Sir George Grey Special Collections, Auckland Libraries, AWNS-19121024-3-1 24 October 1912
BULLOCKS TO THE RESCUE: NO. 3 EXTRACTING THE COACH FROM THE MUD ON THE KAIWAKA-MAUNGATUROTO ROAD
"For a long time, I have wondered about the quality of Northland roads. It is a lay person's observation, as a motorist, but I think our roads are of a poorer quality than elsewhere in the North Island.
Drive south, and it is hard to not be impressed by the quality of the road surface, and its appearance.
The latter, I think, has more impact than people realise. It gives you a sense of the region.
Consider this - you're looking at buying a house, do you feel more positive about a home in a residential street with an asphalt-lined professionally curated driveway, or the one with a rough, metal driveway?
Sure, metal driveways have their appeal and charm, but you get the picture?
What does that driveway tell you about the home owner?
Much, I believe. I am a lay person, so I don't know what the answer is. But I think Northlanders have a right to ask some damn hard questions about why our roads aren't as flash as our southern cousins, putting aside the fact the hammering they get from the elements."
- Craig Cooper Editor Northern Advocate
Editorial "Why are our roads so bad?"
18 July 2014
Without a good roading network a regional economy can grind to a standstill. We've had the notion as well by our present government to either mothball or close down the Northland railway network. Which in the long term would be a very poor financial decision. Sooner or later, we are going to have to stop relying solely on road transport as the only option. I have to wonder when eventually the powers that be are going to wake up and realise that reliance on fossil fuels and roading network with a history of problems in adverse weather isn't going to solve a damned thing. Northland has always been on the bottom of the heap when it comes to government funding and still is. Take a look at the graphic below from The Transport Blog
Credit: Transport Blog Graphic Sourced: "Roading in Northland"
While further south motorists enjoy well constructed roads we get potholes and collapsing roads, the graphic above speaks for itself. Spending on state highways increased then peaked in the 2008/09 period, decreasing with one small increase in 2010/11 before declining in the following subsequent years. The government recently added yet another excise tax onto the cost of petrol. A tax on the tax so far has only seen everything else rise along with that increase. Northland's entire regional economy is almost solely dependent on a reliable roading network. We do have a port at Whangarei and an airport as well as a decaying rail network. It's election year this year, and suddenly the MP for Northland Mike Sabin is promising to get the two one way bridges on State Highway 12 sorted out. Admittedly Mr Sabin has been gathering data on the two dangerous crossings which have hampered Kaipara District's economy due to transport hassles. Even so those bridges should have been replaced over 20 years ago, but instead we have to put up with them and the tourists who don't know what a give way sign is for. Enough bleating about our roads. That's life I guess.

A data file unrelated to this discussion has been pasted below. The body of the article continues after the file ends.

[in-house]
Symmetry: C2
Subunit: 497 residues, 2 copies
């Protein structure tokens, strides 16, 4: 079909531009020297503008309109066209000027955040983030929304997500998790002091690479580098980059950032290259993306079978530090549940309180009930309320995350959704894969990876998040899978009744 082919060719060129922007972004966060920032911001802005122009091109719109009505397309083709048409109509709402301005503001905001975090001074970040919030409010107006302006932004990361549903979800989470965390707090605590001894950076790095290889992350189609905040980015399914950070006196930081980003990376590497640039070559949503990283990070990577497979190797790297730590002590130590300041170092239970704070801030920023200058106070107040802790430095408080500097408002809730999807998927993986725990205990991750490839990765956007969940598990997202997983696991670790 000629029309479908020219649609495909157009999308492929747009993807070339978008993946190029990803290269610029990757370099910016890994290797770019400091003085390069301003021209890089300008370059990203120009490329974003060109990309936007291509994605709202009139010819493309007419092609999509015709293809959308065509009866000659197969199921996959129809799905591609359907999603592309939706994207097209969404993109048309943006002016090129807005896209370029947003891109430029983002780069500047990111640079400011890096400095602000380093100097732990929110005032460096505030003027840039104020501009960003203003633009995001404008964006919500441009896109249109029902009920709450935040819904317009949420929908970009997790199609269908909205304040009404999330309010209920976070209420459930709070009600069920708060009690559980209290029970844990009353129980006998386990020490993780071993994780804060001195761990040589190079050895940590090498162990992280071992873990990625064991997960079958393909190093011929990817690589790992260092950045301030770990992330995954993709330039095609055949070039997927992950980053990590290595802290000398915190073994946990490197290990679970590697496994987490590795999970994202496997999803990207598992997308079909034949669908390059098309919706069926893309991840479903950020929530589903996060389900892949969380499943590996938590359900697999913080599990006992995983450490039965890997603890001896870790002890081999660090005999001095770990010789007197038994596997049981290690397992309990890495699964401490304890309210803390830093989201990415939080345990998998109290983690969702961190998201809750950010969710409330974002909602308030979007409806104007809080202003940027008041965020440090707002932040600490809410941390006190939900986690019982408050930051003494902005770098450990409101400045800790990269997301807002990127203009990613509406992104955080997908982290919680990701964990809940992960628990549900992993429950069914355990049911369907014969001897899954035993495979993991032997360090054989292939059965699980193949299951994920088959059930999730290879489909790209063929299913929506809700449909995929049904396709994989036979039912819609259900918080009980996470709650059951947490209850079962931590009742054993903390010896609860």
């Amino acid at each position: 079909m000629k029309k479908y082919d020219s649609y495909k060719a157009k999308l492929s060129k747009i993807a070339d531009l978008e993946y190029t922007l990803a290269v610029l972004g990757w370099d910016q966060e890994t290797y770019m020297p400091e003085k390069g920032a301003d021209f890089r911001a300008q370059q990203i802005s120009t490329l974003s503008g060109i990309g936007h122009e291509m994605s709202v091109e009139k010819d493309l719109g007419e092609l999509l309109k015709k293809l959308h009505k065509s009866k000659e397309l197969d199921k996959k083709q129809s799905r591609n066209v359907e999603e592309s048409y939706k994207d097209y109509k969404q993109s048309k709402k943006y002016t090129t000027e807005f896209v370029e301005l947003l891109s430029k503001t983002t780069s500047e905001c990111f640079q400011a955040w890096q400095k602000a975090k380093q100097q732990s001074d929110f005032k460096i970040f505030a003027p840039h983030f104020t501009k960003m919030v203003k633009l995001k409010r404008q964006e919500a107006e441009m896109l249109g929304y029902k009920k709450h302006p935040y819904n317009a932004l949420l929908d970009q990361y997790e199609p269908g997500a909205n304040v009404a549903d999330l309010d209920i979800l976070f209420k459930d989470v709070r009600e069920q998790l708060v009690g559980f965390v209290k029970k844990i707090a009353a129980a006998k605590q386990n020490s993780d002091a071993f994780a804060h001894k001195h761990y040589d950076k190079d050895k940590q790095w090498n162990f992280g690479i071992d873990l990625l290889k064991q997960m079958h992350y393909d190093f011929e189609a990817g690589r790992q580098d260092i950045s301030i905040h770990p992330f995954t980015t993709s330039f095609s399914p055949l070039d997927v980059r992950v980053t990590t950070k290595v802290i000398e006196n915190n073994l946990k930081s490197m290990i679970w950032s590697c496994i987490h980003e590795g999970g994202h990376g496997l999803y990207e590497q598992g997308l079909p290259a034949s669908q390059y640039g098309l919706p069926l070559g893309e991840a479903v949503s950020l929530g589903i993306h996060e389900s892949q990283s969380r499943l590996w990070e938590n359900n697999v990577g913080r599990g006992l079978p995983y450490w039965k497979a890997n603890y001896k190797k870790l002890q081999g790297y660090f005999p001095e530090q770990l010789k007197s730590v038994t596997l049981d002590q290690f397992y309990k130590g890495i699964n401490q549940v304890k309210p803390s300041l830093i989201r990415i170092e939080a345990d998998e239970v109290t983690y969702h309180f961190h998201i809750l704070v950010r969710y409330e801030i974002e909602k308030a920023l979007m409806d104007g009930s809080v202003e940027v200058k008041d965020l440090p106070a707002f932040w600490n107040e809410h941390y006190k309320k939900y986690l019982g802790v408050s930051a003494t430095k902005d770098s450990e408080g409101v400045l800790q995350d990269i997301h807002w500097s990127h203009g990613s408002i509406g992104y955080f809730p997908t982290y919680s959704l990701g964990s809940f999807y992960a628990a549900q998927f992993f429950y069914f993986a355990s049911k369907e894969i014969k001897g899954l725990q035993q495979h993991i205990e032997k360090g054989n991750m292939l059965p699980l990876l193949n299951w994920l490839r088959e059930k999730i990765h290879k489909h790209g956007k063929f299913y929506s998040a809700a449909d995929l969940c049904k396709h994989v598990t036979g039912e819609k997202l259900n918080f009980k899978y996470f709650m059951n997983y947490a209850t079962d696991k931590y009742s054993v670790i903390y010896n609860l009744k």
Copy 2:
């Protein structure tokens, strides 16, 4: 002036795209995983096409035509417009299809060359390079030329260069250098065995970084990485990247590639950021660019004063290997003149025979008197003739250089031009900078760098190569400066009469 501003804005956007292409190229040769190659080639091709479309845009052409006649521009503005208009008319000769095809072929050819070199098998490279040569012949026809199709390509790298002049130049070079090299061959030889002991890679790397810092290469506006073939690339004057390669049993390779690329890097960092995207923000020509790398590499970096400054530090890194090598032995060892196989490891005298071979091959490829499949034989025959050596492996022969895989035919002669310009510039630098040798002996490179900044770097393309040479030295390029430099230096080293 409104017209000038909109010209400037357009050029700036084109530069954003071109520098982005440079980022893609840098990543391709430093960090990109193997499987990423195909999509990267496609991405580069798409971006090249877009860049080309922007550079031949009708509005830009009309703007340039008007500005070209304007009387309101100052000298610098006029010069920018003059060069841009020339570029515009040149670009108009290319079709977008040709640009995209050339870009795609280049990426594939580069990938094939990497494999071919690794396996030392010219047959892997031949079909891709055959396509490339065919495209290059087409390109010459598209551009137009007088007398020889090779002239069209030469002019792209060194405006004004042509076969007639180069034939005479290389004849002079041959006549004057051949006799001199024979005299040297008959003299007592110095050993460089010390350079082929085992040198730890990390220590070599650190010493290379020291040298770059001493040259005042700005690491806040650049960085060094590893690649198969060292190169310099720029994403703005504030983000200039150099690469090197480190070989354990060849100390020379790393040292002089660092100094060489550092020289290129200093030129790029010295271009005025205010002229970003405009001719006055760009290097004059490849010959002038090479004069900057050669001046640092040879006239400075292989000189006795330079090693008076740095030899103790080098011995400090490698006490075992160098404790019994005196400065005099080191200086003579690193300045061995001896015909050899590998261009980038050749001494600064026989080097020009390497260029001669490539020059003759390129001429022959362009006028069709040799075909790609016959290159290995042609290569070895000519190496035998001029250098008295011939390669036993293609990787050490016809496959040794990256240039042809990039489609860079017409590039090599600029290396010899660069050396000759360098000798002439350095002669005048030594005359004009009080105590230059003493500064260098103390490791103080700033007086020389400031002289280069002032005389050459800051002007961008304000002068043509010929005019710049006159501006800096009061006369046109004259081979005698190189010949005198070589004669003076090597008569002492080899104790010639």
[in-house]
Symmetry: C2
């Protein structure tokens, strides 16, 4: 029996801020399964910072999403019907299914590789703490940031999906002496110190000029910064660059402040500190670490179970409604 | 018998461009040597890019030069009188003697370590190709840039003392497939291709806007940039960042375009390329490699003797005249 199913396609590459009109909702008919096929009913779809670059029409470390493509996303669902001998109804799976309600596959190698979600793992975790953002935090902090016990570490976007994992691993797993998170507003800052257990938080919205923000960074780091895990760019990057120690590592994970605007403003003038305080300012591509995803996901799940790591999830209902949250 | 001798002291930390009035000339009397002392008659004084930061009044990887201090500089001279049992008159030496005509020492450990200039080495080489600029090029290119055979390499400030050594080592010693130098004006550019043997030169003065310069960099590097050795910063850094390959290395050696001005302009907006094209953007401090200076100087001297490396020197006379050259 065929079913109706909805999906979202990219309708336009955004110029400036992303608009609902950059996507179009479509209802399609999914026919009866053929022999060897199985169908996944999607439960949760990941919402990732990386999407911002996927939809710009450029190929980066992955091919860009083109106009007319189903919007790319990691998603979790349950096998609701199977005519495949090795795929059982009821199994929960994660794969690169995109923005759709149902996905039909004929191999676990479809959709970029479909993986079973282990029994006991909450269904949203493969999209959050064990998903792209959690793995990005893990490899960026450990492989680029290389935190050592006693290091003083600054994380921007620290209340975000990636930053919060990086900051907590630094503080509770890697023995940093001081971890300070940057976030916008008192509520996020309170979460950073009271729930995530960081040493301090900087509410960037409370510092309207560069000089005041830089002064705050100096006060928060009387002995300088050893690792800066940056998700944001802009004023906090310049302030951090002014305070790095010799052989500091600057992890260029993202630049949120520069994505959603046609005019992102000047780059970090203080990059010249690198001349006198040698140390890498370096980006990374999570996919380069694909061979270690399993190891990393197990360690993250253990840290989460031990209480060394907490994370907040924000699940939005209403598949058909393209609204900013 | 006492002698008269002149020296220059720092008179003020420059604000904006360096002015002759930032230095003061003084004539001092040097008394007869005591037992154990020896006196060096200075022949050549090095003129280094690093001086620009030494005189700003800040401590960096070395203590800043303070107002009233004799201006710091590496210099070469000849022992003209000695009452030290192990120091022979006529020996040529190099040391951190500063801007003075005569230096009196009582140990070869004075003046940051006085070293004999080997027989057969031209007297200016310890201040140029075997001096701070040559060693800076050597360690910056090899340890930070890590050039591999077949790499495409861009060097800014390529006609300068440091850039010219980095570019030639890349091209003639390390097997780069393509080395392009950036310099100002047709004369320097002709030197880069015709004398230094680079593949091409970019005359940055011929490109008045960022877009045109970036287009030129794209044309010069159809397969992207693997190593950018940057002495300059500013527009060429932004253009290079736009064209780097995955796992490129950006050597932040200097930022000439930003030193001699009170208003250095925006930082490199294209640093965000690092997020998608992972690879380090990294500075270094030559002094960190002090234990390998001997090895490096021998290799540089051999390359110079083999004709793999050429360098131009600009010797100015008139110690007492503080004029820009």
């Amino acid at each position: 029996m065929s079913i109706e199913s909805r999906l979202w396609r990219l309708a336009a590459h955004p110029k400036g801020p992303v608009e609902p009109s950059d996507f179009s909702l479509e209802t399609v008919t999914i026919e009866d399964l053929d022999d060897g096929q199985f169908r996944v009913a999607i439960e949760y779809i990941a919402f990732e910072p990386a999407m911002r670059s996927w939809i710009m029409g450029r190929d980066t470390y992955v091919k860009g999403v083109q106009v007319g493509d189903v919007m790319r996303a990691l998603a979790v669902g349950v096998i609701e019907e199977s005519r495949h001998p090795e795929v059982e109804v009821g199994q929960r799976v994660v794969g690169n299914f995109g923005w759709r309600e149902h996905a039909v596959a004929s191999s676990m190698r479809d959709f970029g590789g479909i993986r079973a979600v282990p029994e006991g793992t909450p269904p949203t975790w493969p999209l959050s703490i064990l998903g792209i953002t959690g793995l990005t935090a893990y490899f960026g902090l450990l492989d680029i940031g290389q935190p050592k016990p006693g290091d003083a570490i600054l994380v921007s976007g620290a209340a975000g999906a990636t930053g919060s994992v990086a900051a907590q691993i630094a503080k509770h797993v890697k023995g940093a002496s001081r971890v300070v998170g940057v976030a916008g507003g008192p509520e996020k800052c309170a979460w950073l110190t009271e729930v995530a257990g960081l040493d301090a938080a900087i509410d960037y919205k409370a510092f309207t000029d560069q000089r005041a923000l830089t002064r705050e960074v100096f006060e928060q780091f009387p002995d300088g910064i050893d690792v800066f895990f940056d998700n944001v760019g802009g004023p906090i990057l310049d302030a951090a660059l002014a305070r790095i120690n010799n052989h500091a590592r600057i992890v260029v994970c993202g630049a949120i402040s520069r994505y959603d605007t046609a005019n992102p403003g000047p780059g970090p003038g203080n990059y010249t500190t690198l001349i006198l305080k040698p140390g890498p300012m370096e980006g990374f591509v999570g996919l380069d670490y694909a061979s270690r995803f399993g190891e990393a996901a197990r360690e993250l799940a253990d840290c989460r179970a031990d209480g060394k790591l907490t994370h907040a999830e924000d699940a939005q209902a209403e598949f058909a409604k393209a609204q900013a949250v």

Back at the end of February this year Mum asked me to take her to a place called Glinks Gully. It's a small coastal holiday settlement on the shores of the very long Ripiro Beach. All up the beach is about 66 miles (107km) long. It's been the scene for many a shipwreck over the last 150 or so years. It also has a lot of old Maori pa sites which are protected by law. Mum I think needed that day. I just stepped back and let Mum go and take it all in. She hasn't been very well for a while now. The radiant smile and the joy on her face was just something I won't ever forget. There she is, with shoes in hand walking barefoot towards the waves.
I asked after she had finished her walk if she wanted to go anywhere else. She was so happy that I was asking and not treating her like someone to be locked up inside. She needed the sunshine and some time just to enjoy herself and the amazing landscape the region we live in has on our doorstep. I love the entire district it is just so beautiful. So after a thought or two I asked Mum if she wanted to see the gigantic Kauri Tree Tane Mahuta (discovered 1923/24). She was really keen to see it again. So off we went.